NASA's James Webb Space Telescope may have discovered alien life on a planet located 120 million light years away from Earth, according to rumors circulating in astronomy and astrobiology groups.
A new article by Ars Technica has explained what basis the rumors are founded on and how they started to get into the public eye. According to the publication, the rumors were at least exacerbated by British news magazine The Spectator, which featured the article "Have we just discovered aliens?" The short answer to this news piece is no, but it isn't a hard no, according to scientists quoted in the article.
The planet that many scientists have their eyes on is K2-18 b, an exoplanet 8.6 times as massive as Earth, and is believed to be a "hycean" exoplanet, which means its rich in water having oceans as its surface and a hydrogen-rich atmosphere. This exoplanet was first studied by NASA's Hubble Space Telescope, but further analysis by Webb revealed a biosignature that many scientists are placing their bets for alien life on.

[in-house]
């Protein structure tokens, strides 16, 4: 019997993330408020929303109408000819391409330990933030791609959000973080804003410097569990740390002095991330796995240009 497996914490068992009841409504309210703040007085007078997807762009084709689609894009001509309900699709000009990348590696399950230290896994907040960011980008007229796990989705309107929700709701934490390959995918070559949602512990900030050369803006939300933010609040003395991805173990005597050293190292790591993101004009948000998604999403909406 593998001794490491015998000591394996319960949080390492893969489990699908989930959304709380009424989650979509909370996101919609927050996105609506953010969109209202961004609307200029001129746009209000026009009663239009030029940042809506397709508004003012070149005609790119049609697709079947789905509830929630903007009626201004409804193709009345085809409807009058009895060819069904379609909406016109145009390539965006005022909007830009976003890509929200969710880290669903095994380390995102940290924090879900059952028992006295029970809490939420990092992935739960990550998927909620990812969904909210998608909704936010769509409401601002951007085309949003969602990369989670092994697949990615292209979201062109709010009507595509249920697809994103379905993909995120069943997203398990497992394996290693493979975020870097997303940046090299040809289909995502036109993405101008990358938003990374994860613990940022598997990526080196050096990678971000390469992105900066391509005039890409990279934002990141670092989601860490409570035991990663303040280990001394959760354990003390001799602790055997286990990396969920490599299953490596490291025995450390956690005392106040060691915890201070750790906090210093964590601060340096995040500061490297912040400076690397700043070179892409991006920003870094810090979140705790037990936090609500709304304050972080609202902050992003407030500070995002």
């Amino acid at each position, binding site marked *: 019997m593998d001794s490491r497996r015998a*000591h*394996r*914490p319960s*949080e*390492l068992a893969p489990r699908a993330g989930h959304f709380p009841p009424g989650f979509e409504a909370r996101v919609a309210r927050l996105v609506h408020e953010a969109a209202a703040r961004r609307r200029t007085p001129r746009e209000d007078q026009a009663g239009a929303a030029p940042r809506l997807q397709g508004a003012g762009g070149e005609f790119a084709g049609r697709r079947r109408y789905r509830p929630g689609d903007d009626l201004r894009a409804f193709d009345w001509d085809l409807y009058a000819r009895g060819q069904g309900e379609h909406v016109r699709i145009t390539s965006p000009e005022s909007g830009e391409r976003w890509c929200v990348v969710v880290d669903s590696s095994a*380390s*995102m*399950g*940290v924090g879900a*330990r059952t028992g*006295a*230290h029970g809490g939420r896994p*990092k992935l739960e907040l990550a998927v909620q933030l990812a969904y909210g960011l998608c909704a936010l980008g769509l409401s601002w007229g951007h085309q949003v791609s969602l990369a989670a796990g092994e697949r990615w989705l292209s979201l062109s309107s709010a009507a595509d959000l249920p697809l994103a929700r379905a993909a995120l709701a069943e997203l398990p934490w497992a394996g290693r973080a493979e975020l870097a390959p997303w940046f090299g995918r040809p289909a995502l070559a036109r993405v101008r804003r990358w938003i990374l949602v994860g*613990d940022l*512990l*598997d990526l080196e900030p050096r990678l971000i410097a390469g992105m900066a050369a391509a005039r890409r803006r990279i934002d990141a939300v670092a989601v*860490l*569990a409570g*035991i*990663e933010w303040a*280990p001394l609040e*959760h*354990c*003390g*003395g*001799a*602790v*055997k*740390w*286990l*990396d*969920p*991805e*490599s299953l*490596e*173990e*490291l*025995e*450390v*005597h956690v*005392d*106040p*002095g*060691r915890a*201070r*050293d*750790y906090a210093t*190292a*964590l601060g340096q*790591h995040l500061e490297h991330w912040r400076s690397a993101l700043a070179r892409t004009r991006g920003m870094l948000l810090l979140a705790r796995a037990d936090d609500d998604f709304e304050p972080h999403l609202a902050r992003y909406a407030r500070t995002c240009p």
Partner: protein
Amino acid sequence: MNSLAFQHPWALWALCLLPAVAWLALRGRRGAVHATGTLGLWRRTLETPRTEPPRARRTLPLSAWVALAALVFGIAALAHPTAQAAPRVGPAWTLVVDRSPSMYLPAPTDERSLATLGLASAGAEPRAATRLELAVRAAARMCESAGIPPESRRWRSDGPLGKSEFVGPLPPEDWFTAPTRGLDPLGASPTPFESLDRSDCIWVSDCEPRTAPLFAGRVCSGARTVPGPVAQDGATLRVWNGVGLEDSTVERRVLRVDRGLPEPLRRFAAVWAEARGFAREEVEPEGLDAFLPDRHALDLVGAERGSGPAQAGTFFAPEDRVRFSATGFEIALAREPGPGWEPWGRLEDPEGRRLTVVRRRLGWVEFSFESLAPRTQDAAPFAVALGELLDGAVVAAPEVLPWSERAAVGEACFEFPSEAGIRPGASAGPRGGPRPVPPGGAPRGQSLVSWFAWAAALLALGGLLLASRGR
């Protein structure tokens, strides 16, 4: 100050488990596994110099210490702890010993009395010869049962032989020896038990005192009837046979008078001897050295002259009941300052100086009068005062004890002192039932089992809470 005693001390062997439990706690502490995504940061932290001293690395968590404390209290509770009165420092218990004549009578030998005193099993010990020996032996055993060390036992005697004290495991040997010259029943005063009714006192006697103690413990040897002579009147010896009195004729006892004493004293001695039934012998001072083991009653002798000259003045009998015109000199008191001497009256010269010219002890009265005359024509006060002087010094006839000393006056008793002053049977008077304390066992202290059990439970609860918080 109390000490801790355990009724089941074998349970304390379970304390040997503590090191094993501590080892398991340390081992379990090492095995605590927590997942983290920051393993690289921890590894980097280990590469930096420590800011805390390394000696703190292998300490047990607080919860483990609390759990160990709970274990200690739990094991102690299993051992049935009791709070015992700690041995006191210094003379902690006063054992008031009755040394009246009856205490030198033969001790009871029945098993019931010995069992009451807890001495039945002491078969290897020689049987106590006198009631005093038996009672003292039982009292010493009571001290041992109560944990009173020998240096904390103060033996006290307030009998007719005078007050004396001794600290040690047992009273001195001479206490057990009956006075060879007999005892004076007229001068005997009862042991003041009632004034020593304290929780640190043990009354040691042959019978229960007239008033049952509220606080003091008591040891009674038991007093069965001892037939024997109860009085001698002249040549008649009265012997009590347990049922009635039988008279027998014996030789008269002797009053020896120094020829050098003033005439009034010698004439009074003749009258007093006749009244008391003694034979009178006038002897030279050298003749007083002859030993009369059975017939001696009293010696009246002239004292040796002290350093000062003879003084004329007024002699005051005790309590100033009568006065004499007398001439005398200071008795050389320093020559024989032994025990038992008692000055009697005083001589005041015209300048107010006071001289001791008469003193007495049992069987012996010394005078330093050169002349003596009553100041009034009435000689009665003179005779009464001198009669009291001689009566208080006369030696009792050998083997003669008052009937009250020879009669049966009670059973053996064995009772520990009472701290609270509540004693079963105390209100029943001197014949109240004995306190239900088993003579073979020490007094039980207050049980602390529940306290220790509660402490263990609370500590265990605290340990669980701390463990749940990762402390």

That biosignature is the discovery of a molecule called dimethyl sulfide. On Earth, this molecule is only produced by living organisms, and while Webb's instruments, capable of analyzing the atmosphere of exoplanets and determining their molecular make-up, doesn't necessarily prove that life exists outside of Earth, or at least not with definitive proof.
Ars Technica reached out to NASA to discuss these rumors, and the space agency replied as you would probably expect - asserting that no "definitive evidence" of life on an exoplanet has been found so far, but "It is anticipated that JWST observations may lead to the initial identification of potential biosignatures that could make habitability more or less likely for a given exoplanet. Future missions will be needed to conclusively establish the habitability of an exoplanet," said Knicole Colón, the telescope's deputy project scientist for exoplanet science.
Despite the rumors being shut down by NASA, some scientists remain very optimistic about the discovery of the biosignature molecule.
"I think we are going to get a paper that has strong evidence for a biosignature on an exoplanet very, very soon," said Rebecca Smethurst, an astrophysicist at the University of Oxford, as quoted by The Spectator
"Potentially, the James Webb telescope may have already found [alien life]," Peake said, as quoted by The Spectator. "It's just that they don't want to release or confirm those results until they can be entirely sure, but we found a planet that seems to be giving off strong signals of biological life."